Table of contents
2.The Joad women
2.1Rose of Sharon
3.Portrayal of the ideal woman
3.1 Self-sacrifice and endurance
3.3Reversal of leadership roles
4.3The final image
5.Critical reception of the women-figures
The Dust Bowl that forced thousands of Americans into migration and the national economic depression of the thirties prompted John Steinbeck to write Grapes of Wrath, the famous novel about the Joad family and, in the interchapters, about the migrants and their social situation in general. Steinbeck visited camps and was familiar with the living conditions of the "Okies". Grapes of Wrath was published in 1938, when the problem of migration was still going on. The book became extremely popular and has influenced many different genres. Film, music and theater have adapted Steinbeck's novel. Grapes of Wrath won the Pulitzer Price and became the cornerstone of his 1962 Nobel Prize award.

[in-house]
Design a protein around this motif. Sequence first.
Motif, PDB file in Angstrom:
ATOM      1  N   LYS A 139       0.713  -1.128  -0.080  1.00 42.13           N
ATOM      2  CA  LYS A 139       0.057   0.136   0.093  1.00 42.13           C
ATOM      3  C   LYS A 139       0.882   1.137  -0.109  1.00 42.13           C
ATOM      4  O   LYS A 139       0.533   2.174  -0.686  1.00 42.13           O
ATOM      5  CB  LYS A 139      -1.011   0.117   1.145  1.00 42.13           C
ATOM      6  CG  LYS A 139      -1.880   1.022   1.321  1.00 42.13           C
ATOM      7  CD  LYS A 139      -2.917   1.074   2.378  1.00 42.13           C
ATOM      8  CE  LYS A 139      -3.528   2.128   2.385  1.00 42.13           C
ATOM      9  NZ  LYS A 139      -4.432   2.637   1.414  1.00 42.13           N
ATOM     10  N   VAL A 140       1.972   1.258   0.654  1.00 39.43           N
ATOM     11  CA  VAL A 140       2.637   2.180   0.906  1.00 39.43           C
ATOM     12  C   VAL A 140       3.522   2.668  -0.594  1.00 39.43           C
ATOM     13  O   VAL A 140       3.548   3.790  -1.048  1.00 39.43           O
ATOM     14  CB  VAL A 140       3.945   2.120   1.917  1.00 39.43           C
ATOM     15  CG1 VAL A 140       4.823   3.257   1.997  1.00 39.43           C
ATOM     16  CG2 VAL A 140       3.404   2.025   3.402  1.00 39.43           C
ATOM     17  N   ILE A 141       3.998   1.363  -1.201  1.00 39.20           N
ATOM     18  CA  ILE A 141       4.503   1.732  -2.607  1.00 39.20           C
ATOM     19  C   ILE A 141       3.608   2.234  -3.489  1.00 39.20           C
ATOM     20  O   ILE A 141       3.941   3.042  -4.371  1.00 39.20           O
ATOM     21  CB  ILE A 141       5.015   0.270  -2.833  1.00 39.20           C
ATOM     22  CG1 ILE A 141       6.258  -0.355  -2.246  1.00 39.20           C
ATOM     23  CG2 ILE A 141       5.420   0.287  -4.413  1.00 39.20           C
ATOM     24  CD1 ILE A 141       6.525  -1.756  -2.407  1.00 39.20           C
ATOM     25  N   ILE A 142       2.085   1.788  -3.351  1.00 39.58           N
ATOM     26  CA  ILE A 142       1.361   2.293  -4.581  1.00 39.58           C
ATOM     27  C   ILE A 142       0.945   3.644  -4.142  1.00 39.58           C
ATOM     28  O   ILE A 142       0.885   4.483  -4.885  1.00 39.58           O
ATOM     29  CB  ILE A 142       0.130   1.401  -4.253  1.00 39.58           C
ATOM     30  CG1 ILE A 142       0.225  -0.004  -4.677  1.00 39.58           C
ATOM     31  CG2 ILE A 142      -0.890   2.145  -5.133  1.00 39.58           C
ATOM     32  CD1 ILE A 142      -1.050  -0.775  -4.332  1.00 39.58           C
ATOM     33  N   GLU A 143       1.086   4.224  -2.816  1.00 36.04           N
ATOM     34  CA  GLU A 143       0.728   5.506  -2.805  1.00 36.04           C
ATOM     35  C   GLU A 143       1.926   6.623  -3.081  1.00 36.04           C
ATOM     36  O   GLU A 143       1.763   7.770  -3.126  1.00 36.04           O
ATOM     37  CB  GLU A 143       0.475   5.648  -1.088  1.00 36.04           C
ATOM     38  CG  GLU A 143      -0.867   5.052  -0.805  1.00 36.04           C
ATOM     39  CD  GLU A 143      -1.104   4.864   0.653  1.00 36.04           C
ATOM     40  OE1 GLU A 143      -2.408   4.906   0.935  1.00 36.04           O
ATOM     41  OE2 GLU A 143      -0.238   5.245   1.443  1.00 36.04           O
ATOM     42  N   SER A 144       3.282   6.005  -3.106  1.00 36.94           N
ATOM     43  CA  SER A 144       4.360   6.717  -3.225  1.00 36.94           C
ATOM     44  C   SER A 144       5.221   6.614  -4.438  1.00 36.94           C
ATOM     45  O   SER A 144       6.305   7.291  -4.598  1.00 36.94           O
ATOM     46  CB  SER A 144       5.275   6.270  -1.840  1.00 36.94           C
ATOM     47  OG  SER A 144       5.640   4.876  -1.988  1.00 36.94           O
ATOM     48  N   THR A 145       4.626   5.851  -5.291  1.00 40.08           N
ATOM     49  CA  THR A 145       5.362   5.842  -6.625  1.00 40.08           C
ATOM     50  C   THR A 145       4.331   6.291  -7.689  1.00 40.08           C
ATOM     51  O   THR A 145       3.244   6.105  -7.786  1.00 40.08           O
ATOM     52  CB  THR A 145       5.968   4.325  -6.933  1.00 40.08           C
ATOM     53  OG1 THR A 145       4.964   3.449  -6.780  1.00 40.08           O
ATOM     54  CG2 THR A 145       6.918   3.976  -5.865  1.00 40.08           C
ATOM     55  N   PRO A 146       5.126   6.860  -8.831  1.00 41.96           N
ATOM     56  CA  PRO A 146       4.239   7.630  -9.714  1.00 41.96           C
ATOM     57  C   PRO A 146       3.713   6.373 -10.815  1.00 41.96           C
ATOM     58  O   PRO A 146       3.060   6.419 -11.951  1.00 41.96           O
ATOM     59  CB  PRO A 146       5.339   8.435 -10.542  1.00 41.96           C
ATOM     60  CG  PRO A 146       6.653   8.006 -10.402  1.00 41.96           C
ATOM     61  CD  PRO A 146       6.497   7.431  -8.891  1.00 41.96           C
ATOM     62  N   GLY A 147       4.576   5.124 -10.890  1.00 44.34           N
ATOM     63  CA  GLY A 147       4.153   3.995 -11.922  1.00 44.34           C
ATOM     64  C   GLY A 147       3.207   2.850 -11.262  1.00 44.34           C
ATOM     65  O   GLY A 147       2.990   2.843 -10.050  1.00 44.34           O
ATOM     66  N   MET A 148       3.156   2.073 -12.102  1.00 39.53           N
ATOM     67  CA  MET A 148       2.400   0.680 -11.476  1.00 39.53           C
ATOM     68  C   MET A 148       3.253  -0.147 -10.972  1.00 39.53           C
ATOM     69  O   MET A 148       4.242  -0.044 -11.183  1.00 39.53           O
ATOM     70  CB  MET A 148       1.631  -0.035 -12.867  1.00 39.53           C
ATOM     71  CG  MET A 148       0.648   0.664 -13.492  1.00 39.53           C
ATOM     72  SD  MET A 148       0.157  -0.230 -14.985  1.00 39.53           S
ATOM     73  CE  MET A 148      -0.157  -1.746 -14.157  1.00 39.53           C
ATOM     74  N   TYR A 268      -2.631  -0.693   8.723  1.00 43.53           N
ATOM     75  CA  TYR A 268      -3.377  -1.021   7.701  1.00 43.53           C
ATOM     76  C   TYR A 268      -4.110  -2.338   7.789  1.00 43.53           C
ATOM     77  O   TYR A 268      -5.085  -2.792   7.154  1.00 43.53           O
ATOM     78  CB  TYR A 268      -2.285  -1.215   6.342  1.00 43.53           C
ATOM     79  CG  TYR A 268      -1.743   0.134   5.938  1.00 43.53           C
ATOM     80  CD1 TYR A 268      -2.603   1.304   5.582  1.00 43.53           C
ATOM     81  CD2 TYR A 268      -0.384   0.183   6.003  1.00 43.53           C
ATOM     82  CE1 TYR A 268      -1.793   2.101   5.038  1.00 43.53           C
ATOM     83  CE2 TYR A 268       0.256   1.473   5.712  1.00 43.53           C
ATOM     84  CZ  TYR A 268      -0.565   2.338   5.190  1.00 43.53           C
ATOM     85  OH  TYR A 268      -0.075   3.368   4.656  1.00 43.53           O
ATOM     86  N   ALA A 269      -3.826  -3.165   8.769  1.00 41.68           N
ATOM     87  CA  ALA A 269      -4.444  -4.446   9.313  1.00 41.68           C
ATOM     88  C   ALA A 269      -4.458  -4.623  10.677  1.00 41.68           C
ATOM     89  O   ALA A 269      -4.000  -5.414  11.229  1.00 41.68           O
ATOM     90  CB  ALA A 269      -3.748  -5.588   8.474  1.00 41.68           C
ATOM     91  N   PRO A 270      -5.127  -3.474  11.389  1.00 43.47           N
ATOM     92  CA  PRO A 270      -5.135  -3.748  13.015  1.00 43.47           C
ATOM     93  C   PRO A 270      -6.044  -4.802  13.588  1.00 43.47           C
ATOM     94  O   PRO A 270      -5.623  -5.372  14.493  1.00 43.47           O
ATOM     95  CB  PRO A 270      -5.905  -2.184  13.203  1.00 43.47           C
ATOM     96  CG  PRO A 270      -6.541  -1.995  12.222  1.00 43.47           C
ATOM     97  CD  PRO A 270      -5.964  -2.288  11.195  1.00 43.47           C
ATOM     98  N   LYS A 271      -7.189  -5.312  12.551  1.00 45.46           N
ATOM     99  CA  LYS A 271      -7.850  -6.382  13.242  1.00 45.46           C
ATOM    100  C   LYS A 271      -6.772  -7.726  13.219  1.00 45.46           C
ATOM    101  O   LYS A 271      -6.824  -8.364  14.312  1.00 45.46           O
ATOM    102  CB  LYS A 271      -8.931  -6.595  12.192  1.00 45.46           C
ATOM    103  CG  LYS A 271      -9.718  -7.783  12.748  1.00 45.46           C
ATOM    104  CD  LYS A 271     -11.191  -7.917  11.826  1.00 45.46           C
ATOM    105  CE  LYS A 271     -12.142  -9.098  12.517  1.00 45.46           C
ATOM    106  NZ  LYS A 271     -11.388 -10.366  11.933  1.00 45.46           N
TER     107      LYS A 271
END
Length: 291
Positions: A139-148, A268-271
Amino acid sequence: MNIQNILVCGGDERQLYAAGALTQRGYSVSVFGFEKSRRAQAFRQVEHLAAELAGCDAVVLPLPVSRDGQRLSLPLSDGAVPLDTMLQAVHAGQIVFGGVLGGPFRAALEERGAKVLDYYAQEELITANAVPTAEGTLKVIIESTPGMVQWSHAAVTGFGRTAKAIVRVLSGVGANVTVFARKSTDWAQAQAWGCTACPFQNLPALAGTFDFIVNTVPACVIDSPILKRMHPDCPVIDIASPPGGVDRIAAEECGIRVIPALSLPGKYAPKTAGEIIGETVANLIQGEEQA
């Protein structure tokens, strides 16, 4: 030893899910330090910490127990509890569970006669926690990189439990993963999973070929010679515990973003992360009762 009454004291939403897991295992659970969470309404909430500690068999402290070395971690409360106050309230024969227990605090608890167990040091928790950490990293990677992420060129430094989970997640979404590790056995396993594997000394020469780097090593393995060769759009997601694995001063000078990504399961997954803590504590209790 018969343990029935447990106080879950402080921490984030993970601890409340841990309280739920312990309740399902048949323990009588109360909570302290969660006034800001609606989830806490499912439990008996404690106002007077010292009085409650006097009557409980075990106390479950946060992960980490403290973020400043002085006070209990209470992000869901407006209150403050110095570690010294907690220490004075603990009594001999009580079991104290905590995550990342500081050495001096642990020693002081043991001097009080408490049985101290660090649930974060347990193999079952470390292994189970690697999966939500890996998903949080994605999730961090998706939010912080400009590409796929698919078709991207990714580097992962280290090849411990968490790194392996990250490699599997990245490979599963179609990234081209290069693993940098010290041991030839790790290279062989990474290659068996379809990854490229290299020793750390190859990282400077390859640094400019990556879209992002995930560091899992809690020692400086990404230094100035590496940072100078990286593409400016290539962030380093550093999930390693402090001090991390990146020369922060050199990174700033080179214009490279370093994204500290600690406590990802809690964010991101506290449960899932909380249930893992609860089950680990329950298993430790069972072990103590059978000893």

The Joads can be seen as the representative migrant family. Consequently, the female Joads can be considered the prototype of the migrant women, as depicted in the novel. Steinbeck had a certain idealized picture of women. His characters in Grapes of Wrath, in the way they are described, demonstrate and support his portrayal of women.
This paper will examine the role of women in the novel. The ideal female character is Ma Joad, a hardworking and enduring mother. Rose of Sharon does not display these qualities in the beginning and she is therefore portrayed in a negative light. Only later, after she has turned into a self-sacrificing woman like her mother, is she described positively. It is the main task of women to bear children and to bring them up. Maternal qualities are therefore shown as the...